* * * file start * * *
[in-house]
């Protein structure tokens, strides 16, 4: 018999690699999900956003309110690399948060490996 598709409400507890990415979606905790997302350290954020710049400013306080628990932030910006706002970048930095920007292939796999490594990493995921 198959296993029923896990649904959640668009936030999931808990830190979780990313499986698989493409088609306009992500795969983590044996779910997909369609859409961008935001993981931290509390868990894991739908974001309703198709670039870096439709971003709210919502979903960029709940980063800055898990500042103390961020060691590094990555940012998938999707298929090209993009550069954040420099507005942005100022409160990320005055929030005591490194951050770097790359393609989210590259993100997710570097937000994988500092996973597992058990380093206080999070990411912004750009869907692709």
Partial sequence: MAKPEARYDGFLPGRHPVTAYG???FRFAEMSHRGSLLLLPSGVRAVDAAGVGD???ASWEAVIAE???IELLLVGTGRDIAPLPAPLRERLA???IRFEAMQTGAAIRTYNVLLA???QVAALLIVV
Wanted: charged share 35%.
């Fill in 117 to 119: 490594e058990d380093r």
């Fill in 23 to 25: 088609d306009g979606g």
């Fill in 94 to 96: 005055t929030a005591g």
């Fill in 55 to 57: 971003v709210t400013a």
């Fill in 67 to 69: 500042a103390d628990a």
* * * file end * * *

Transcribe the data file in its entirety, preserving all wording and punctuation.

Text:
[in-house]
């Protein structure tokens, strides 16, 4: 018999690699999900956003309110690399948060490996 598709409400507890990415979606905790997302350290954020710049400013306080628990932030910006706002970048930095920007292939796999490594990493995921 198959296993029923896990649904959640668009936030999931808990830190979780990313499986698989493409088609306009992500795969983590044996779910997909369609859409961008935001993981931290509390868990894991739908974001309703198709670039870096439709971003709210919502979903960029709940980063800055898990500042103390961020060691590094990555940012998938999707298929090209993009550069954040420099507005942005100022409160990320005055929030005591490194951050770097790359393609989210590259993100997710570097937000994988500092996973597992058990380093206080999070990411912004750009869907692709």
Partial sequence: MAKPEARYDGFLPGRHPVTAYG???FRFAEMSHRGSLLLLPSGVRAVDAAGVGD???ASWEAVIAE???IELLLVGTGRDIAPLPAPLRERLA???IRFEAMQTGAAIRTYNVLLA???QVAALLIVV
Wanted: charged share 35%.
């Fill in 117 to 119: 490594e058990d380093r």
């Fill in 23 to 25: 088609d306009g979606g």
């Fill in 94 to 96: 005055t929030a005591g």
């Fill in 55 to 57: 971003v709210t400013a």
């Fill in 67 to 69: 500042a103390d628990a």